El Nido is named after the swifts that live on the nearby cliffs, whose nests used to be harvested to make soups. Nowadays, however, it’s known as more of a tourist destination, with great scuba diving, beaches, and seascapes. And after suffering through the lack of electricity at Sabang, El Nido is a welcome change, having electricity from 2PM to 6AM – though many places also have backup generators.
Taking the bus from Sabang to El Nideo is a long, long ride, something like 10 hours. So I chose to go with a faster minibus – but of course, it breaks down mid-journey, so we’re left sitting around twiddling our thumbs for a couple of hours. It’s a very long journey.
For a town that doesn’t have 24-hour electricity, El Nido has one strange problem – it’s too crowded! Surrounded on one side by hills, and on the other side by the ocean, there’s not a lot of room to expand and so the town is very densely packed. And as result, very little of the sea wind blows through town, and it’s extremely hot. It’s all right in the afternoon, when there is power for AC and fans. But waking up in the morning sweating after the fans have turned off from lack of electricity is disappointing.
Behind the town are the cliffs where swifts live, where swift nests used to be harvested for El Nido Soup. When I tried the soup later, I discovered it had an unremarkable earthy taste, rather like egg drop soup, bu with a more chewy texture, similar to bird’s nest soup.
Scuba diving is what I came to El Nido to do, and scuba dive I did. There’s a lot of dive shops in the town, but I went with a small boutique-like dive center, El Diver, and it was amazing. Combining a small group of divers (3 including me) with a great divemaster (and operations owner), we had some great long dives away from the usual crowd.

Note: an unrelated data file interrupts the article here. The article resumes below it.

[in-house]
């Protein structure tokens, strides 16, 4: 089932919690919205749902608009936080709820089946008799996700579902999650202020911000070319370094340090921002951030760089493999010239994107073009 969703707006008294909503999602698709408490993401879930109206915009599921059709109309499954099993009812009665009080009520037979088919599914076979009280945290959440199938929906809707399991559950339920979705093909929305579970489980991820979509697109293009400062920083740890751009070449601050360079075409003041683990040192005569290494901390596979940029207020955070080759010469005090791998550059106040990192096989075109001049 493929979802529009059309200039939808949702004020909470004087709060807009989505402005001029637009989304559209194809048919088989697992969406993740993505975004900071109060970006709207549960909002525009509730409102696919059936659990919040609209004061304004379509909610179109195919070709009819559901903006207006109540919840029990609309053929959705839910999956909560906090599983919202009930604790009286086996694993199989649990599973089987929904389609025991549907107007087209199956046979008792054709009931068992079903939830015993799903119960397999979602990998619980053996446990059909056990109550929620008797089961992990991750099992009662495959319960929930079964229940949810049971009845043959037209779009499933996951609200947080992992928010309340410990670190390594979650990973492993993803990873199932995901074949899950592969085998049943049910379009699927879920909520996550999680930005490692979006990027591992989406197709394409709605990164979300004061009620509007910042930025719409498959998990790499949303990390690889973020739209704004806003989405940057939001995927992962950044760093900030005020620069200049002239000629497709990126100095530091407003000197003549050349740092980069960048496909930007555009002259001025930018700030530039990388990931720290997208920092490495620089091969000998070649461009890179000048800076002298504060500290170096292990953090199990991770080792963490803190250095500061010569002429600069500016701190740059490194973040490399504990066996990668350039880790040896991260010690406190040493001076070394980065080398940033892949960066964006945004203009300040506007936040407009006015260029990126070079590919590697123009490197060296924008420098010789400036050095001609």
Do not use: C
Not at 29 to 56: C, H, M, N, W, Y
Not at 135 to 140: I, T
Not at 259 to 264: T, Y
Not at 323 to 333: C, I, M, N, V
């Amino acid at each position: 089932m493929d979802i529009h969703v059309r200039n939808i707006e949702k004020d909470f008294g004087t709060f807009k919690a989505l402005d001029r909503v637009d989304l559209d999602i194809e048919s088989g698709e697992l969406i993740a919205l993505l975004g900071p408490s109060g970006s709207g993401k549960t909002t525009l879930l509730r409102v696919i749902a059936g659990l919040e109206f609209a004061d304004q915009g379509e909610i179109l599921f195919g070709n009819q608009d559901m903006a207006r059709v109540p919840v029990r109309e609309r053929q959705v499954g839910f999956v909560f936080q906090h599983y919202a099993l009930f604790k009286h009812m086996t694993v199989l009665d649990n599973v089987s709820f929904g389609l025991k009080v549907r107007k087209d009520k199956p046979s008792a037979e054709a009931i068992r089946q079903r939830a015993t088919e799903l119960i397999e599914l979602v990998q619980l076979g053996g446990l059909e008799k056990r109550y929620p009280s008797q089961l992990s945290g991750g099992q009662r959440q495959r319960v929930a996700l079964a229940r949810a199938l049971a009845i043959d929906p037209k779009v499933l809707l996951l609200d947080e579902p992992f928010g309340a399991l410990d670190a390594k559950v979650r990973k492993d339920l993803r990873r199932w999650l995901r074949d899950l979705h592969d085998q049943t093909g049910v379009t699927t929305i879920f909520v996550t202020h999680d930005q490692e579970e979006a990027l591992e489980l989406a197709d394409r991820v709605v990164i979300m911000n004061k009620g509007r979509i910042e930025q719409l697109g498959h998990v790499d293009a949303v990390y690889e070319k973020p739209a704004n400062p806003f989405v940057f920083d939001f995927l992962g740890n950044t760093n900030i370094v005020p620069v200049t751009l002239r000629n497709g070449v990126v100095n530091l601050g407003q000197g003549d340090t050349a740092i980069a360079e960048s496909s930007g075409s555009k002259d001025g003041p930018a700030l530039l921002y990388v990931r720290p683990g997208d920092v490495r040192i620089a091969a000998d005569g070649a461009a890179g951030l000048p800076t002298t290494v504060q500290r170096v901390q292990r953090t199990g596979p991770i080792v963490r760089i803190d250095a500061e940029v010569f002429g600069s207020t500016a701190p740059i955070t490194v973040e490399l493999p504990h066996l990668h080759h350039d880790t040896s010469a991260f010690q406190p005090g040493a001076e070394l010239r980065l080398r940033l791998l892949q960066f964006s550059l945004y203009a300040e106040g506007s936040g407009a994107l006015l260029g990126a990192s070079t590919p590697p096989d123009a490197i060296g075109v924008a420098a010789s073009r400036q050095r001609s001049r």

Like Sabang, El Nido has this thing going, where almost every afternoon, it tends to absolutely pour for an hour or so. This sudden squall caught us in the early afternoon, right as we anchored in a small cove for lunch. Before the storm, I could look around the cove, seeing the tops of the mountains. But as the storm bore down, slowly the tops of the mountain disappeared into the rain…
And for the last dive of the day, we went down during the rain, explored a set of tunnels, and came into the sunlight!
Las Cabanas are a set of nice beaches a bit away from the main town. Annoyingly, all the tuk-tuks are banding together into a cartel to set prices – you can slyly get to the beach for 50 pesos, but if you want to leave, the tuktuk mafia waiting at the exit charges 150 pesos. Still, it’s a very nice beach.
With some clear waters and great views, kayaking seemed fun, so I rented myself a single-person kayak, and went out to explore! There weren’t many waves out there, even on the open ocean, so it was quite a tranquil experience, just chilling and relaxing on the ocean. While on the kayak, I even lay down and took a mini-nap several times!
There were also a couple of islands that I landed on while kayaking:
The cliffs, jutting straight out of the water, seemed liked a interesting feature to explore, but they’re actually somewhat unremarkable – you’re just paddling alongside a giant wall.